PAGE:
GSA Connects 2021 in Portland, Oregon

Paper No. 59-7
Presentation Time: 2:30 PM-6:30 PM


VIG, Zachary, Department of Earth and Environmental Sciences, University of Iowa, Iowa City, IA 52242, MEYER, Jessica, University of Iowa Earth and Environmental Sciences, 115 Trowbridge Hall, Iowa City, IA 52242-1319, ARNAUD, Emmanuelle, School of Environmental Sciences, University of Guelph, Alexander Hall, 50 Stone Rd East, Guelph, N1G 2W1, Canada and PARKER, Beth L., Morwick G360 Groundwater Research Institute, University of Guelph, 50 Stone Road East, Guelph, ON N1G 2W1, Canada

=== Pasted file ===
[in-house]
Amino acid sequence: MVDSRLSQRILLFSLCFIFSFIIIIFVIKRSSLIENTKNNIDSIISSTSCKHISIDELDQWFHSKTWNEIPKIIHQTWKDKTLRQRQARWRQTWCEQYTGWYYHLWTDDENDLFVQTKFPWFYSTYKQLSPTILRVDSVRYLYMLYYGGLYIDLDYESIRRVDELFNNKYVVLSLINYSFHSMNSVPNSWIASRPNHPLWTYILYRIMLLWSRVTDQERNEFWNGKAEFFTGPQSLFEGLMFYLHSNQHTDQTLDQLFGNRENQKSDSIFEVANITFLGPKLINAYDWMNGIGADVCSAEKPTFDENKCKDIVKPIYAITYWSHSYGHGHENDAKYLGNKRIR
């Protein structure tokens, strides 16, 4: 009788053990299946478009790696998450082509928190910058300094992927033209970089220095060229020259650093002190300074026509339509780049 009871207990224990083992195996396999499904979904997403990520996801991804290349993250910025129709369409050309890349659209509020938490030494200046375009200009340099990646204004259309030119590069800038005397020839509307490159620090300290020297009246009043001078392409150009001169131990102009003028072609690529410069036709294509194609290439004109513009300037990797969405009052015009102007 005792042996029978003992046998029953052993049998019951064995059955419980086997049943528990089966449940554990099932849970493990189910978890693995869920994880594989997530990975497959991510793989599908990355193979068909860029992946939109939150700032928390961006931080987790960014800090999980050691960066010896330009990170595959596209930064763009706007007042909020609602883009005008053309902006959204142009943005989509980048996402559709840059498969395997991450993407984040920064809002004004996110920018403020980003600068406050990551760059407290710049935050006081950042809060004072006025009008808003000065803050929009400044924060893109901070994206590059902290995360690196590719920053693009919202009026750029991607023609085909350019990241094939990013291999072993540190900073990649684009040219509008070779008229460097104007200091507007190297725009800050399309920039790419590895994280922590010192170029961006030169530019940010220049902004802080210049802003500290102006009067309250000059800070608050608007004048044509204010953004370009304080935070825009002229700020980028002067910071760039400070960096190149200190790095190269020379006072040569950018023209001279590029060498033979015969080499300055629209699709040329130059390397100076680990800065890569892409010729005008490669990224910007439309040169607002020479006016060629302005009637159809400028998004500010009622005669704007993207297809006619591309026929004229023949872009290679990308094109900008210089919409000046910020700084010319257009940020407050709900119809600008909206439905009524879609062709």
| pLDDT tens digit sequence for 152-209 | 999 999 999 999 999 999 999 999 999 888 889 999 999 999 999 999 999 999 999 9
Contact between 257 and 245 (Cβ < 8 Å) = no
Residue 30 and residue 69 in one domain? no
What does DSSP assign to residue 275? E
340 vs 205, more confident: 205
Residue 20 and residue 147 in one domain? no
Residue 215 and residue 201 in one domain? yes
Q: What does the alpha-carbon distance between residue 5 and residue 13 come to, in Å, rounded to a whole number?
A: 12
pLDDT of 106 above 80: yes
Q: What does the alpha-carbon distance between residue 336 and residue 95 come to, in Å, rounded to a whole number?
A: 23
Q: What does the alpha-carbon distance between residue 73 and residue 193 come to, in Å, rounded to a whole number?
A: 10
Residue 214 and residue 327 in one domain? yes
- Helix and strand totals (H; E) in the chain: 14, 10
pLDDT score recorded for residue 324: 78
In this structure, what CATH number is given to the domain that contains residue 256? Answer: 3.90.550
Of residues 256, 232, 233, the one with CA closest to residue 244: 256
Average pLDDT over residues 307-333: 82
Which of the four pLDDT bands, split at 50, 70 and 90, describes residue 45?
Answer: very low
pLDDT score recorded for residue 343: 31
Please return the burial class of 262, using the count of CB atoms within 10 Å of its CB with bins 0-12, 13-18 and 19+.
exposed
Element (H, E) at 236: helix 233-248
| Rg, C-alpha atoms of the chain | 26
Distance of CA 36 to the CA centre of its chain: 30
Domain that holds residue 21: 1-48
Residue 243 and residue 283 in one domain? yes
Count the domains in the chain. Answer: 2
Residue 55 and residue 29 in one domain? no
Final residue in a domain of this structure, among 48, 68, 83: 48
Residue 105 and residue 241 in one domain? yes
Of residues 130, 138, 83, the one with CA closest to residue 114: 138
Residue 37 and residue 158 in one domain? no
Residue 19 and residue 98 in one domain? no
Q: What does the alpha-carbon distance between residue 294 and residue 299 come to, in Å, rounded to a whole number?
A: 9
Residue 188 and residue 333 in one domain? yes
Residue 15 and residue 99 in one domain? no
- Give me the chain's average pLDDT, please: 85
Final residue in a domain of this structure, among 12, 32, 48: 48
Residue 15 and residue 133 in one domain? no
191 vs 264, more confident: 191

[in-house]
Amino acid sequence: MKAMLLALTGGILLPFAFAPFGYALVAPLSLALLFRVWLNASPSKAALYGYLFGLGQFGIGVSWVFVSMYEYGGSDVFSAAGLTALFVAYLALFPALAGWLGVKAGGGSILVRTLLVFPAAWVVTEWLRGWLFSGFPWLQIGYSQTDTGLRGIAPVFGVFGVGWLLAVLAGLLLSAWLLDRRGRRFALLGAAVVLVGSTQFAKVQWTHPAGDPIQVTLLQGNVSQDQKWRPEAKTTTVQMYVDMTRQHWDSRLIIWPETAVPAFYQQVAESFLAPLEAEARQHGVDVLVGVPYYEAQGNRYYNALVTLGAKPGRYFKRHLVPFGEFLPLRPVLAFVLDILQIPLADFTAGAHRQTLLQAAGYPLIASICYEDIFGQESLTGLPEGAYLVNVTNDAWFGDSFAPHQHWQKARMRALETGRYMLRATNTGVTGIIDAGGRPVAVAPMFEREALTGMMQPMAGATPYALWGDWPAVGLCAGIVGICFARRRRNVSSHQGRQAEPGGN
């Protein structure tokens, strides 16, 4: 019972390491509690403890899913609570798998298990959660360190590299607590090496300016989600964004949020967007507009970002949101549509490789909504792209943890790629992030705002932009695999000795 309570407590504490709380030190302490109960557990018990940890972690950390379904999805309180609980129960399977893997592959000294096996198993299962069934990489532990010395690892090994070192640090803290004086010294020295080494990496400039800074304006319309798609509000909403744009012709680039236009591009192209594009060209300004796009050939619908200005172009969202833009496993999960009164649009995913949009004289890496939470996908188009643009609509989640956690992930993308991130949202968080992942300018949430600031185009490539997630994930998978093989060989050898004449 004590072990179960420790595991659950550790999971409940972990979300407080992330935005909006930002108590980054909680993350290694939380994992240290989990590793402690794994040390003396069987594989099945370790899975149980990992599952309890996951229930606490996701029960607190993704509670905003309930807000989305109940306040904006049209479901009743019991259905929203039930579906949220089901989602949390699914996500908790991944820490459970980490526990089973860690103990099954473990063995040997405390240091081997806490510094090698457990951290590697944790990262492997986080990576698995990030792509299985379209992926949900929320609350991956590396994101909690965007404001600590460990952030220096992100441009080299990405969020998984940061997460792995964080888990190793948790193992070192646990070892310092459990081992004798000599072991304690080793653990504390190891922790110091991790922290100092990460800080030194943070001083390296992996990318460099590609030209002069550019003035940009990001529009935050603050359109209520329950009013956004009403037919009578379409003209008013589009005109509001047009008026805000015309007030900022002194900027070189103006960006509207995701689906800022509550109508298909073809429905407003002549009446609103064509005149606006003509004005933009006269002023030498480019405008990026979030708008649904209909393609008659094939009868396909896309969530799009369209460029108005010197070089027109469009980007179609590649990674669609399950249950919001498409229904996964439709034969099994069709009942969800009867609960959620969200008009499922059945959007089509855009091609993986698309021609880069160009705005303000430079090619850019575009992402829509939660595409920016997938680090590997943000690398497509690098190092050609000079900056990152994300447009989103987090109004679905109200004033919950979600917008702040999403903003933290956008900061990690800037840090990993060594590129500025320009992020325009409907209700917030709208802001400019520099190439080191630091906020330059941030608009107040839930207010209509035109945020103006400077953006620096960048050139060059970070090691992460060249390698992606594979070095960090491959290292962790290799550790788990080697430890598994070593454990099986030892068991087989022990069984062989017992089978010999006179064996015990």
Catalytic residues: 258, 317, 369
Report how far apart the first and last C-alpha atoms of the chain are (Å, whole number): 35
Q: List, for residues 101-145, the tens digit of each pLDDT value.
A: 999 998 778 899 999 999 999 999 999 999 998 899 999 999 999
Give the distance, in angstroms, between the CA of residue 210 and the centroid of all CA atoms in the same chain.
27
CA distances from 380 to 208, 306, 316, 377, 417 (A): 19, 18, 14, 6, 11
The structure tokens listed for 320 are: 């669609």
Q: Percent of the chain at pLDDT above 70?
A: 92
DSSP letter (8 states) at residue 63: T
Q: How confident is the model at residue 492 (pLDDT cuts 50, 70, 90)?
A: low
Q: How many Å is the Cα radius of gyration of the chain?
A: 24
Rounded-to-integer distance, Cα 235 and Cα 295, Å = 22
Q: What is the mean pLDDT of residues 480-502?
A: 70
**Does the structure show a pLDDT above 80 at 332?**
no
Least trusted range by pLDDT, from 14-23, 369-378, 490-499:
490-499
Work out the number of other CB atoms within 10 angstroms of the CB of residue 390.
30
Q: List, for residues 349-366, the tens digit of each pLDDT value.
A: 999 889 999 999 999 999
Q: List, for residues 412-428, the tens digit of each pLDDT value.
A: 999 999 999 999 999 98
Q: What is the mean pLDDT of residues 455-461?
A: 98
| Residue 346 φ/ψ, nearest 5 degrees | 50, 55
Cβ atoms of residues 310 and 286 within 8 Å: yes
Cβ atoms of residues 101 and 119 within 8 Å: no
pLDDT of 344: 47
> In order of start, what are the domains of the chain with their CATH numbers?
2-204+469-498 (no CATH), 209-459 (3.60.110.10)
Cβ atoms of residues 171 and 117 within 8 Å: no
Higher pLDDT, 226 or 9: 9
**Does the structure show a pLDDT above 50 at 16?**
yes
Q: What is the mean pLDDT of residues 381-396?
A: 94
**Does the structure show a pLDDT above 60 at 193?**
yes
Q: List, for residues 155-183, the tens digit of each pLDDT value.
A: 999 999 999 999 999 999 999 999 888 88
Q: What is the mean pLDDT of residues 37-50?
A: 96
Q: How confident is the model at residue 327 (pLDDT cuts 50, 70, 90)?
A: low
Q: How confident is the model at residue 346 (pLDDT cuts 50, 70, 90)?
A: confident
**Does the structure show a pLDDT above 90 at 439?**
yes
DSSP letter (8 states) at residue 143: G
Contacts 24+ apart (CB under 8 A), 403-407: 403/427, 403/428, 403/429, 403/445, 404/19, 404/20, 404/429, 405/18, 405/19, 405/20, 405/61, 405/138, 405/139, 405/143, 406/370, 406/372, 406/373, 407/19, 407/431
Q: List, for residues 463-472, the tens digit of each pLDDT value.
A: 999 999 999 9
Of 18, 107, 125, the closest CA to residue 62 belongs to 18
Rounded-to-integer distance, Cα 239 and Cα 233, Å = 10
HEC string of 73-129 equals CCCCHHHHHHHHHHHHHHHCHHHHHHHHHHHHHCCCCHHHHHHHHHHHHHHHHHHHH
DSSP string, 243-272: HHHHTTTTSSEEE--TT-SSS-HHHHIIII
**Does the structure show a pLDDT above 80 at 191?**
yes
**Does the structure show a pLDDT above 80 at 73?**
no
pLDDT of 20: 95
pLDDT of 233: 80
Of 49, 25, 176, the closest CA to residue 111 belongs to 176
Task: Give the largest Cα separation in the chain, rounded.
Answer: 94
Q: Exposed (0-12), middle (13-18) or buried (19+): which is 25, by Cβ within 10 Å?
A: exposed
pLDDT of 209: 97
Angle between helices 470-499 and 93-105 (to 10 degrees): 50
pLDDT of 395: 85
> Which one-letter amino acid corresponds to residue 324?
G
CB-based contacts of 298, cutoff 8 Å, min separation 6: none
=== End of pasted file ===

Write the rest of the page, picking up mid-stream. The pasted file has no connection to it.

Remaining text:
Characterization of subsurface groundwater flow and contaminant transport in ice-marginal environments can be exceedingly difficult when using conventional methods. A common approach to representing ice-marginal heterogeneity requires accurate measurement of subsurface grain sizes to identify distinct lithofacies, which can then be translated into hydrofacies using hydraulic conductivity values. Our work focuses on developing a hybrid grain size measurement process that uses a Camsizer in lieu of sieve analysis for any sand-sized sediment and applying this process to 35 Quaternary sediment samples deposited in an ice marginal environment to inform lithofacies characterization and support hydraulic conductivity estimation at a contaminated site. A Camsizer is able to measure the grain size distribution of a sample by slowly pouring grains past a set of two CCD cameras. By using test sediments similar to our site samples, we first determined that a minimum sample size of ~100g of sediment produced a representative grain size distribution by repeatedly splitting and measuring a large sample. We then developed a method for separating the sand fraction (63µm- 2mm in size) from the silt, clay and gravel fractions via wet and dry sieving. This was necessary because the Camsizer has a size limit of 30µm to 30mm and because losses of clay and silt sized particles occur when introducing the sample to the Camsizer. Our preliminary grain size curves representing solely the sand-fraction indicate several areas of distinct sorting that may be associated with distinct lithofacies. We are in the process of analyzing the fine-grained sediments using sedigraph and hydrometer techniques. The two data sets will then be combined into full grain size distribution curves for each sample and standard empirical equations will be used to estimate hydraulic conductivity and infer hydrofacies. Future research efforts will focus on incorporating the grain shape and sphericity data from the Camsizer into both the lithofacies characterization and hydraulic conductivity estimation.